Howto Linux X-Server on windows.

Whats this?
Oke here a small but hopefully “strong” little tutorial on how to “display” linux X compontents on your windows desktop. This might help you administer linux machines easier without the need to install a VNC deamon or have X enabled or even installed on the remote Linux box.

 

Getting Xming (an Xserver for Windows).
First of all, you need a program that accepts X and will display it for you on the windows Desktop. For this purpose we will use Xming, which is an X server for windows.

Download and install Xming from this location:
http://sourceforge.net/projects/xming/

The power of Xming is that its a small, fast, full featured X server thats unlimited and best of all “free!”

Next next finish install Xming (do note the “type” of putty terminal that you would like to use).

Tip : If you dont know Putty, its a free SSH (secure shell) client, that you`ll need to reach most of the modern linux machines. If you are still using Telnet? Then do consider installing a SSHd instead, much saver🙂

During the setup procedure do select both “desktop icon for xming” and desktop icon for “xLaunch”.

Setup the Xming Server without any security.
You are free to add security afterward locally, but to ensure you its working please leave the security options be at this moment.

1. After the xming install select “Xlaunch” from your desktop.
2. Select “Multiple windows”
3. Display Numer : 0
4. Select “Start no Client” and “next”
5. Select “No access Control” and “next”
6. Either click “Save Config” and or “finish”
7. Note the “Xming Icon in your Windows System tray.

The most important part is done now, next open a connection to the linux box you want to address. In our case we use putty to open a remote ssh session. No putty yet? Download it from this location:
http://www.chiark.greenend.org.uk/~sgtatham/putty/download.html

Simply download the putty.exe to your desktop and run it.
For advanced users putty does have a “X11 forwarding option” that allows you to auto forward the X console. In our case we will use the ENV setting so users without putty will be able to use this as well.

Configuring Linux to use a remote display…

1. Open a connection to the remote linux machine using putty, or any other terminal.
2. Logon to the box using your credentials.
3. You need enough permissions to alter ENV settings.

To change the default display linux uses we need to set a specific “environmental” setting. This setting simply contains an IP adress (the one used by your machine) and the display number used by xming (😮 in this example).

In my case on my machine “cmd.exe > ipconfig” shows 10.252.251.9, and in the previous config i used “display : 0”  as the display number.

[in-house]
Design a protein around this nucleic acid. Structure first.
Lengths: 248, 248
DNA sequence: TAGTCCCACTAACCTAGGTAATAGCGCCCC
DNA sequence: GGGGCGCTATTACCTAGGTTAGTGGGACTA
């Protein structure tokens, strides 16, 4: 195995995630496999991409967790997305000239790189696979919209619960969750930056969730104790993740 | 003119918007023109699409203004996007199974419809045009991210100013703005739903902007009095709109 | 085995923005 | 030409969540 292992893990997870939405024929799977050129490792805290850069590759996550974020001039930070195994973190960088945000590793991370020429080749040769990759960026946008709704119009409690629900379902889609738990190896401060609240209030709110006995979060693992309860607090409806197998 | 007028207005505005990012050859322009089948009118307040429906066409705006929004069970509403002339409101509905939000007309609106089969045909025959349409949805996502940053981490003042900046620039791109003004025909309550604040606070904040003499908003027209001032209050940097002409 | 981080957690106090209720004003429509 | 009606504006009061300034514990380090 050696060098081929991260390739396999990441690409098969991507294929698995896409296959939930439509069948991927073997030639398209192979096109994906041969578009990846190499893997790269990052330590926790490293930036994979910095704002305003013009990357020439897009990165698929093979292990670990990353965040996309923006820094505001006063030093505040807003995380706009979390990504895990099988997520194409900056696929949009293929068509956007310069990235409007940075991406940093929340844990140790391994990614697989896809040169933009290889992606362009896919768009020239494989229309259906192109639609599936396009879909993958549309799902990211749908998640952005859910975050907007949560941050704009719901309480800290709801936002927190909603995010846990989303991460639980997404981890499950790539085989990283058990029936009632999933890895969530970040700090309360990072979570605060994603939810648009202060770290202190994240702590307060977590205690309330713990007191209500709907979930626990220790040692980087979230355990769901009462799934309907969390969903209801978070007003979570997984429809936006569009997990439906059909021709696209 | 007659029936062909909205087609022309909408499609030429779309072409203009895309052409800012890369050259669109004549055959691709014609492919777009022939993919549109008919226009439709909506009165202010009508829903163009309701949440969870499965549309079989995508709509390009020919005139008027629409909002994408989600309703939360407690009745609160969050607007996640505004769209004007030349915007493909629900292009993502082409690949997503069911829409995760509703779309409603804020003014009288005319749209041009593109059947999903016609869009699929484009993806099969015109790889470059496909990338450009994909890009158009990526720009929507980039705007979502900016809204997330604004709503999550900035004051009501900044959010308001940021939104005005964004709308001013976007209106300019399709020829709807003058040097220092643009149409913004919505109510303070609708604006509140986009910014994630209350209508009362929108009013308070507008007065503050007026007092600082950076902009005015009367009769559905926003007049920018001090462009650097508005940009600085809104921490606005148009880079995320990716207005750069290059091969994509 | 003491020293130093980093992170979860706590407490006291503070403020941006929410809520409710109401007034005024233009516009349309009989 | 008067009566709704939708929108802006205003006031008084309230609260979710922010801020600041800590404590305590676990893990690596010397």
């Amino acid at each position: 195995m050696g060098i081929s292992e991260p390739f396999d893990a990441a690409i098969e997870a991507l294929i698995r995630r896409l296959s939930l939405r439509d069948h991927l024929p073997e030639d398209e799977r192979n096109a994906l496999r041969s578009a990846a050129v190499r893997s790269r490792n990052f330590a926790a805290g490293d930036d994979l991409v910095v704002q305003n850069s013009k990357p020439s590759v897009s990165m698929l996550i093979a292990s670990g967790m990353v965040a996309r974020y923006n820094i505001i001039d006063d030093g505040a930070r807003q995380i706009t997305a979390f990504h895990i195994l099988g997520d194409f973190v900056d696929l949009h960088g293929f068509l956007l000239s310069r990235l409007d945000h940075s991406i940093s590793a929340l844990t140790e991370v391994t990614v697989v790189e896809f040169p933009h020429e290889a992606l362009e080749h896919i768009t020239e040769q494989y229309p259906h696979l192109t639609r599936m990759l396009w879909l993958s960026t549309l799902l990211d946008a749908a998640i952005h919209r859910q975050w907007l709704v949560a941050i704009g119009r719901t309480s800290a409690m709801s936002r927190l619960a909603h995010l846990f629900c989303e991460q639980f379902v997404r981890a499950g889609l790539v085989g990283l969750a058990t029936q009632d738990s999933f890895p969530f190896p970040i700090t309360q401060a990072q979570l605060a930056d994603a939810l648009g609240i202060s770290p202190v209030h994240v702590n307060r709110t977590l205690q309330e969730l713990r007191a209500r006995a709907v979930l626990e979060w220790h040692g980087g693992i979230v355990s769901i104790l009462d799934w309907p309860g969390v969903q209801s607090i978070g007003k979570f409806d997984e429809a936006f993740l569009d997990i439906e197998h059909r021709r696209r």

To set the environment setting use this command on linux.

export DISPLAY=<strong>10.252.251.9:0</strong>

Testing the settings using a simple xclock or xterm command on linux..

Next to check if the settings are working, and everything is allright, run the following command on your linux box.

xclock &

If everything is set correctly a xclock should display on your windows desktop displaying the local time on the remote linux machine.

If this isnt working, you might need to alter some settings on your network / firewall. For this X11 session to work the following ports should be open between the linux machine and your machine.

cat /etc/services | grep x11
x11             <strong>6000/tcp</strong>        X  # the X Window System
x11-ssh-offset  <strong>6010/tcp</strong>           # SSH X11 forwarding offset

Doing configurations on Redhat using Xming.

If you like to configure your linux machine using nice graphical menus you need to install the following packages onto your linux box.
For Redhat

rpm -qa | grep system-config

system-config-securitylevel-tui
system-config-printer-libs
system-config-services
system-config-date
system-config-lvm
system-config-language
system-config-netboot-cmd
system-config-kdump
system-config-rootpassword
system-config-netboot
system-config-keyboard
system-config-network-tui
system-config-printer
system-config-soundcard
system-config-network
system-config-securitylevel
system-config-users
system-config-kickstart
system-config-display

For Suse you need YAST (yet another config tool) that will also support the old “terminal” configuration🙂

When X is configured simply run the desired config tool, for example the network.

system-config-network &

dont forget to add the ampersand, this will enable you to keep using the terminal. For the ampersand will make the proces run in the background as a “child” of your terminal.

Well this should be about it. Using the x11 forwarding option in putty should remove the need to set the display environment variable every time.

hope this helps🙂

About Chris Gralike

Momenteel ben ik manager van de afdeling business continuity bij de zakelijke IT dienstverlener AMIS Services BV. Sinds 2003 ben ik actief in de ICT branche. Tussen 2003 en nu heb ik verschillende rollen vervuld. In de rollen: systeem- en netwerkbeheer, system engineer, servicemanager en nu practice manager ben ik in contact gekomen met uiteenlopende technologieën, methodologieën, ideeën, oplossingen en innovaties. Een rijke ervaring waarmee ik de klanten van Conclusion en AMIS elke dag probeer te ondersteunen. Mijn credo: 'Altijd opzoek een win-win tussen business en technologie.'

Posted on December 10, 2009, in Linux, Linux Commands, Tooling and tagged , , , , , , , , , , , , , , , . Bookmark the permalink. Leave a comment.

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